DeeDee Baldwin, 31, of Starkville, Miss., created in 2008 “AustenBook,” a Web spoof of Facebook that digitally chronicles the happenings of Elizabeth Bennet and the other characters in “Pride and Prejudice.” “When you read her books, you feel like the characters could be with you right now,” says Ms. Baldwin.
The Austen Society is reaching young people in other ways, too. For the past three years the group has bought space at the Brooklyn Book Festival, making Ms. Austen the only deceased author with her own booth at the ultra-hip event.
Jaclyn Green-Stock, 23, co-heads the New York “Juvenilia” chapter of the Austen Society, a 50-member group of Janeites in their 20s and 30s. Ms. Green-Stock is also writing a screenplay about gentrification in New York, using “Persuasion” as her chief inspiration.
The Juvenilia members take walking tours in lower Manhattan and gather at each other’s apartments to watch DVDs of Austen-themed movies such as a Bollywood version of “Sense and Sensibility” called “I Have Found It.”
Media companies are tapping into the Austen craze as well. Quirk Books in Philadelphia in 2008 commissioned author Seth Grahame-Smith to write “Pride and Prejudice and Zombies,” a work that adds the undead to Ms. Austen’s classic novel. The book is slated to become a film next year.
The seeds of the Austen resurgence were sown during the 1990s. In 1995 came two big film and TV adaptations: the BBC miniseries of “Pride and Prejudice,” featuring actor Colin Firth as Fitzwilliam Darcy; and director Ang Lee’s “Sense and Sensibility,” starring Emma Thompson, Hugh Grant and Kate Winslet. A year later Gwyneth Paltrow starred in “Emma.”
“Clueless,” a 1995 movie starring Alicia Silverstone and Paul Rudd, was a thinly disguised adaptation of “Emma,” set in modern-day California.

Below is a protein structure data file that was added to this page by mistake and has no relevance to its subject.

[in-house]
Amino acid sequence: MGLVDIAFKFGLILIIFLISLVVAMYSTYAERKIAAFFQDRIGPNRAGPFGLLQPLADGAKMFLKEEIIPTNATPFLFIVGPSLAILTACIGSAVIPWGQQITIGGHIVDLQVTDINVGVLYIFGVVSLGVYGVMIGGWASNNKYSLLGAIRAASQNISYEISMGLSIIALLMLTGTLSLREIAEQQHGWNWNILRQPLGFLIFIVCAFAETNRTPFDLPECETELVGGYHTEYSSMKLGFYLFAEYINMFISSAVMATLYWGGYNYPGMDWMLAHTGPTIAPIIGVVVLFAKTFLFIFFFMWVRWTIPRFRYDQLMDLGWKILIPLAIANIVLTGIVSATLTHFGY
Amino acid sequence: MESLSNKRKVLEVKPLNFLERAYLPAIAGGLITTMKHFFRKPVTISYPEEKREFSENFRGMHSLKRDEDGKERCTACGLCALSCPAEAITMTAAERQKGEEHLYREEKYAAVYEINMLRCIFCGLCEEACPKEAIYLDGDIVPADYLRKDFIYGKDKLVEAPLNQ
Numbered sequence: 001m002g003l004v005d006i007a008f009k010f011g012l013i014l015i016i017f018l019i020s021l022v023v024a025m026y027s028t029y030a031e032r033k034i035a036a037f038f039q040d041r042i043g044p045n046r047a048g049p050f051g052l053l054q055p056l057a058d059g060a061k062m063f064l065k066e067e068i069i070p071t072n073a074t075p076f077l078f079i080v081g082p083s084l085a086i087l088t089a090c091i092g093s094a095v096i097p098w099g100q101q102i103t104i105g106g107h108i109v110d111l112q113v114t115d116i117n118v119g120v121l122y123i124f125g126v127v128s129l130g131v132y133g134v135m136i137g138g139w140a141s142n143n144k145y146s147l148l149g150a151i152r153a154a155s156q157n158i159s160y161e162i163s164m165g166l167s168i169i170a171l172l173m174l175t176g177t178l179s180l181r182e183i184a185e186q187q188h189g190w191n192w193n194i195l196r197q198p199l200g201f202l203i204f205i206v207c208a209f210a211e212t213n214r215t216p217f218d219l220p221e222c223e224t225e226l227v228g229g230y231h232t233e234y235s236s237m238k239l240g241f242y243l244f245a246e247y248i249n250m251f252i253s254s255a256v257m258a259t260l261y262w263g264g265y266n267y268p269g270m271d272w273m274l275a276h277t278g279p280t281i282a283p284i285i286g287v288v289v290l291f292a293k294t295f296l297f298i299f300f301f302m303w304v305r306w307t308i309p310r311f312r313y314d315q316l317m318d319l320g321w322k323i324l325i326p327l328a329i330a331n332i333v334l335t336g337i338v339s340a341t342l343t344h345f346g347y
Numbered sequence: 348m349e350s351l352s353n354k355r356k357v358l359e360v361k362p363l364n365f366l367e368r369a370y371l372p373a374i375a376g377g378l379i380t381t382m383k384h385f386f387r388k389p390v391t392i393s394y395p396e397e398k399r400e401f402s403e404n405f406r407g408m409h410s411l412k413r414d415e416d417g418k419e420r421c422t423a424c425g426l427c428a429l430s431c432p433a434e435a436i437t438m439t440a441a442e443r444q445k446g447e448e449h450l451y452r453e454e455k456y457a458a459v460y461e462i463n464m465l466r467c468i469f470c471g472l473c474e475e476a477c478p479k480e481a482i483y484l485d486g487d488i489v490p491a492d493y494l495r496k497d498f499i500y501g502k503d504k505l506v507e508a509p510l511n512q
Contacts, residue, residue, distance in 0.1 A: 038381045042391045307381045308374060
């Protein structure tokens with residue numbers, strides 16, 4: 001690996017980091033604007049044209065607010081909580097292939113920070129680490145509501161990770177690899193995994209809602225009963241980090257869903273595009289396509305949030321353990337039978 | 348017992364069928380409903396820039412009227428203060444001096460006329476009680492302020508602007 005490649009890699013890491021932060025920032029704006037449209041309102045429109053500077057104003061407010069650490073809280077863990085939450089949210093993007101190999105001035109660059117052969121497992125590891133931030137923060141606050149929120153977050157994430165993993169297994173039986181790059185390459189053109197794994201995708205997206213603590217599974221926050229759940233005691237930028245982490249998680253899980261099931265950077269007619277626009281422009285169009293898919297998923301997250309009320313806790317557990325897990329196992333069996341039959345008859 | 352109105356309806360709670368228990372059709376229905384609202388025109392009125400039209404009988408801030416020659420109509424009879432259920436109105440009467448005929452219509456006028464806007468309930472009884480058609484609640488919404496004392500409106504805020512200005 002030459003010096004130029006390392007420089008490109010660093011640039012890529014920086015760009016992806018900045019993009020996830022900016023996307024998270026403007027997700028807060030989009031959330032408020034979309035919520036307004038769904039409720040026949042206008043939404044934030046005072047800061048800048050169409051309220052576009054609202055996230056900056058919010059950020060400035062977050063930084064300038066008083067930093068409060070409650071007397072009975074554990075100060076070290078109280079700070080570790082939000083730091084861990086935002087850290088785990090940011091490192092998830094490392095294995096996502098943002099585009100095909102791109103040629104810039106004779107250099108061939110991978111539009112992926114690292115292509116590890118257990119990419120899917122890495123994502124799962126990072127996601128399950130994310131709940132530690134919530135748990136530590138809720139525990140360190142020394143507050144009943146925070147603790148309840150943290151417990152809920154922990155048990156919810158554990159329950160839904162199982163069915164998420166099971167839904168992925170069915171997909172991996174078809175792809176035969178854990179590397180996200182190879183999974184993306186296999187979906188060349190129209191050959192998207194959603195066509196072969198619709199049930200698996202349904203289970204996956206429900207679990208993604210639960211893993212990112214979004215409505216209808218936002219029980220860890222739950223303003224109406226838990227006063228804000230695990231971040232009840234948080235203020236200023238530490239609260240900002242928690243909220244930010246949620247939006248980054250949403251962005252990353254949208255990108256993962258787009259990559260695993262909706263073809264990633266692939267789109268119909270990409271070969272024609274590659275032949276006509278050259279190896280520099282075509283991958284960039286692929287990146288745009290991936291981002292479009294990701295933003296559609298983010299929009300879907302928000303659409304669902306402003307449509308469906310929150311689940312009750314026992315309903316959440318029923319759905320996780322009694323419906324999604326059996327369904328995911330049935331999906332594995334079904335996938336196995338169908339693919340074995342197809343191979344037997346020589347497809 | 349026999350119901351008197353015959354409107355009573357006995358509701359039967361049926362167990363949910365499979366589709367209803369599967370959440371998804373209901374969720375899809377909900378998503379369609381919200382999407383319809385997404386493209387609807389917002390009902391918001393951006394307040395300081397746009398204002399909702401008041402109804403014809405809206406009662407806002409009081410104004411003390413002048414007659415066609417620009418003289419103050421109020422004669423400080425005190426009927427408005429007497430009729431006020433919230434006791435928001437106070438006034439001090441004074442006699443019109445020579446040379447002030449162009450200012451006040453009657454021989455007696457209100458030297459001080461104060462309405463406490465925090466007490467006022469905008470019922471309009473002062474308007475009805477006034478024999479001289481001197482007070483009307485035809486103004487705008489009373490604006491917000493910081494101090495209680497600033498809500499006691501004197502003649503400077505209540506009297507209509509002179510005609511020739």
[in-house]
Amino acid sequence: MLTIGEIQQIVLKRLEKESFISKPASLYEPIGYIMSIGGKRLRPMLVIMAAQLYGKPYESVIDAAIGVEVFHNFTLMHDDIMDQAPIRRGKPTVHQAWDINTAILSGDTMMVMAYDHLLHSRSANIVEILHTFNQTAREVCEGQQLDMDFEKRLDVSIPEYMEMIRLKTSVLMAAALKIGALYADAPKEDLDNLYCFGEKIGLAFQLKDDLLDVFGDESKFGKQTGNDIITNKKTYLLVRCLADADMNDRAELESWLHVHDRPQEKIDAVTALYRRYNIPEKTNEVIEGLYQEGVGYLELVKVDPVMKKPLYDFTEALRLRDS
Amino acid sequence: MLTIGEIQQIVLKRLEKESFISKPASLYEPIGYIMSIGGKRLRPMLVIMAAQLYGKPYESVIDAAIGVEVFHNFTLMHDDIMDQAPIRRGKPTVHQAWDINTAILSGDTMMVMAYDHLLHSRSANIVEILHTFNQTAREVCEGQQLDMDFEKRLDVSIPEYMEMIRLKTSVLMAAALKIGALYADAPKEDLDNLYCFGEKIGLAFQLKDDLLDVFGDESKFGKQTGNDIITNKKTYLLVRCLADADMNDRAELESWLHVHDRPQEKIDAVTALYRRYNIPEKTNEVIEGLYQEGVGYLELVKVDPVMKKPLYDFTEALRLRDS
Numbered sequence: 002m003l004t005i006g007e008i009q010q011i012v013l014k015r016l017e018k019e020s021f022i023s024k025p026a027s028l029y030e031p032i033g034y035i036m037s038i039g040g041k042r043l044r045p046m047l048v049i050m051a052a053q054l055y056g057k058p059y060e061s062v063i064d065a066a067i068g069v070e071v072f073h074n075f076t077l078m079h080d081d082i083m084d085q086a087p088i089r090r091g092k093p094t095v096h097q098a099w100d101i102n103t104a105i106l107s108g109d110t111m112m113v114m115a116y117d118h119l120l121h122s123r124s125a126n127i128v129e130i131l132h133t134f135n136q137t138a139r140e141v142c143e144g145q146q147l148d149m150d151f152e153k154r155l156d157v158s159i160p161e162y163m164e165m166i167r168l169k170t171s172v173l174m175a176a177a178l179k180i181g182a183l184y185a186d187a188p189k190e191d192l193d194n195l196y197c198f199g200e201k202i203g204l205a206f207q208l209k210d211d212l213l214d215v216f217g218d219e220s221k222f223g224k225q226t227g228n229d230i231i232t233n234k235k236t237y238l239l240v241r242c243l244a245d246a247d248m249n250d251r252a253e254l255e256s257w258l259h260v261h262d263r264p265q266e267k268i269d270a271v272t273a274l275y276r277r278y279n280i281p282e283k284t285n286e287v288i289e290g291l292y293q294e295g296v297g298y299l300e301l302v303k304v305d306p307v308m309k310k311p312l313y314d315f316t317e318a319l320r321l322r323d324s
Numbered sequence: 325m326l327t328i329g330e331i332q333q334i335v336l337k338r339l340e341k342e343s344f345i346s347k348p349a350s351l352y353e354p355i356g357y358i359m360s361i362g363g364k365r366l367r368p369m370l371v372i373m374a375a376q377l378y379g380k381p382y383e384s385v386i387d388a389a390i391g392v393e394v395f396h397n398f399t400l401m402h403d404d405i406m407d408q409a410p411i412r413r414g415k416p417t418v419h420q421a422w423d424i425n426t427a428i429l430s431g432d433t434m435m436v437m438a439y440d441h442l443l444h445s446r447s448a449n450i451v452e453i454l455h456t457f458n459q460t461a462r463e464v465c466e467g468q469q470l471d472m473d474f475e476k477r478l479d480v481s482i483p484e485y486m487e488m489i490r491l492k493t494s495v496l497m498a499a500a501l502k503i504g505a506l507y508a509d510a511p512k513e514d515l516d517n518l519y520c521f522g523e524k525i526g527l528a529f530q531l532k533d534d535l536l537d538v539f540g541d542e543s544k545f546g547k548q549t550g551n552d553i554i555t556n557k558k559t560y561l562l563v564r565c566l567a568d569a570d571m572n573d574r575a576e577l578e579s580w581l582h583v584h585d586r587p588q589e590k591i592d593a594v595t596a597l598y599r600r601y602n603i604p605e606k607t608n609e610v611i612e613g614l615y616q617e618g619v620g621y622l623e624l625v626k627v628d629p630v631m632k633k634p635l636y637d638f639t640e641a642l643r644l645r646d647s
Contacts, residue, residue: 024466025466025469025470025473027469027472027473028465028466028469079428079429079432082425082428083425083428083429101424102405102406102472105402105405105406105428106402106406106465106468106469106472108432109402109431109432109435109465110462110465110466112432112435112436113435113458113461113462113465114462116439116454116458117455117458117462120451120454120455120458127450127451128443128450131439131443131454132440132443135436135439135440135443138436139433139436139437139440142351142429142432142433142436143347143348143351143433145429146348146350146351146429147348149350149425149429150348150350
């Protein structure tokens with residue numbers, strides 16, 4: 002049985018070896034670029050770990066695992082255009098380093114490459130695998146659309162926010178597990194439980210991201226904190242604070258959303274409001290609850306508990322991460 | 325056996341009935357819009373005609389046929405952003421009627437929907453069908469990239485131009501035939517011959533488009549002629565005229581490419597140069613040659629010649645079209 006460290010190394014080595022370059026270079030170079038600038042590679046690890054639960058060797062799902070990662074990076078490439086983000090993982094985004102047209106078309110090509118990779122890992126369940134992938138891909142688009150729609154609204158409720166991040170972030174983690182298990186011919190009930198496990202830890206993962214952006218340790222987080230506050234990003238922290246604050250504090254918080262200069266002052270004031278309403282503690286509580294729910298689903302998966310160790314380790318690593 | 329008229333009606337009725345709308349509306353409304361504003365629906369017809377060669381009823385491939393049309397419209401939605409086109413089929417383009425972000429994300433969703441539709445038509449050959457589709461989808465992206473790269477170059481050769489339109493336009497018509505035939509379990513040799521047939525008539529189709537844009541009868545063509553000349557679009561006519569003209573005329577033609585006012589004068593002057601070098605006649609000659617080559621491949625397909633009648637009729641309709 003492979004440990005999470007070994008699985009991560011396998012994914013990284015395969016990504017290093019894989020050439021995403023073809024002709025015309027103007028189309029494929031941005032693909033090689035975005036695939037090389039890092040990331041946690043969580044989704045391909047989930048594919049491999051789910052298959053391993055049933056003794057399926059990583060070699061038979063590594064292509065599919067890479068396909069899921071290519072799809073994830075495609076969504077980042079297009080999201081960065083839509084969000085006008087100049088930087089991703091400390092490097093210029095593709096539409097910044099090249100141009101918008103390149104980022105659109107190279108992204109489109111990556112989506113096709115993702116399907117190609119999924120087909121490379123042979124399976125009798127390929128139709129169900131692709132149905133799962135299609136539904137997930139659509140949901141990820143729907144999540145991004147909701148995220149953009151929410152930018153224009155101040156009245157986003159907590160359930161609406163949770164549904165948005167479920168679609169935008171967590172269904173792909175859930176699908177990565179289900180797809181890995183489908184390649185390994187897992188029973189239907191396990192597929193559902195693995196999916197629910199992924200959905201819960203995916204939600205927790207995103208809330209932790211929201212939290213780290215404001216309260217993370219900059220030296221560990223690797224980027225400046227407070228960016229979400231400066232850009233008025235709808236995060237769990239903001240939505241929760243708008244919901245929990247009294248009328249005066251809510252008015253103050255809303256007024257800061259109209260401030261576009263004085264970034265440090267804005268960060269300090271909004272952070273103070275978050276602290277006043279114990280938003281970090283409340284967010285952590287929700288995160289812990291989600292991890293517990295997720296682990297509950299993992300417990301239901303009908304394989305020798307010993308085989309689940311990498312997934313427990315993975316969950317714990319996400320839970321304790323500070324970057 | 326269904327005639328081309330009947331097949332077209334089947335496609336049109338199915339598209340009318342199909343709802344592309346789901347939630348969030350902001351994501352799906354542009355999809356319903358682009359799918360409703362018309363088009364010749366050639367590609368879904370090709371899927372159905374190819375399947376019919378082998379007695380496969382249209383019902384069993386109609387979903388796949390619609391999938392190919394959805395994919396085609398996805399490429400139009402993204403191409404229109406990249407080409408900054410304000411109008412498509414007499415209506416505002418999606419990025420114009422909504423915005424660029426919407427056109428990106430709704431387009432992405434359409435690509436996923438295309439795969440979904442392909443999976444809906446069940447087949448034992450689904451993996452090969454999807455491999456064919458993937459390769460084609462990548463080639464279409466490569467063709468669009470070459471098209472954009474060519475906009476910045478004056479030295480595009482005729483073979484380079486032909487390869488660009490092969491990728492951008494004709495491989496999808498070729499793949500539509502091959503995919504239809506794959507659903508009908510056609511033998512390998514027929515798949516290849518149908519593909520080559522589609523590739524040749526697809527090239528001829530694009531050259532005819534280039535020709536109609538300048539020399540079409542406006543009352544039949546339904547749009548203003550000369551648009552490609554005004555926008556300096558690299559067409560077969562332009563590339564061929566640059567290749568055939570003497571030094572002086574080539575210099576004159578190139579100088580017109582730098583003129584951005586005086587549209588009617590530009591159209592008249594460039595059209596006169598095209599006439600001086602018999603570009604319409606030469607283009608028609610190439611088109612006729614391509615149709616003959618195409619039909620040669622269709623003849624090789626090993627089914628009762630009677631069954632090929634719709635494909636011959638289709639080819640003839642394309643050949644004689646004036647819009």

But while those movies stirred young people’s passions for Ms. Austen’s works, the Web is allowing fans to connect in new ways.
Among the Jane Austen Twitter feeds, blogs and chat rooms that have cropped up is “Jane Austen’s Fight Club,” a faux movie trailer that juxtaposes women in Austen-era frocks with the bruises and blood of the cult classic “Fight Club.” There’s also dwiggie.com, a hub of fan fiction overseen by Crystal Shih, 29. Ms. Shih and her college roommate discovered Ms. Austen a decade ago and began writing Austenesque prose in their Massachusetts Institute of Technology dorm room. Now her site boasts about 1,000 registered users. Everything from “Clueless” to Colin Firth is fair game for debate.
“The movie adaptations created a lot of fanatics,” says Ms. Shih, now doing postdoctoral work in biochemistry at MIT. “In some of the forums, there are throw-downs about who is their favorite Darcy…At one conference an 80-year-old said Laurence Olivier was the only one for her, but Colin Firth definitely propagates that Darcy image today.”
A spokeswoman for Mr. Firth declined to comment.
Laurie Viera Rigler has written two Austen-theme novels, “Confessions of a Jane Austen Addict” and “Rude Awakenings of a Jane Austen Addict.” In May she launched “Sex and the Austen Girl,” a Web series at babelgum.com that plays on the differences between life today and in the Austen era.
The two-and-a-half minute webisodes include such titles as “The 200-Year-Old Virgin.”
Young people, says Ms. Viera Rigler, are deep into Austen’s universe and obsessive fandom “is normal to them.”
“It’s true,” she says. “We are a little crazy.”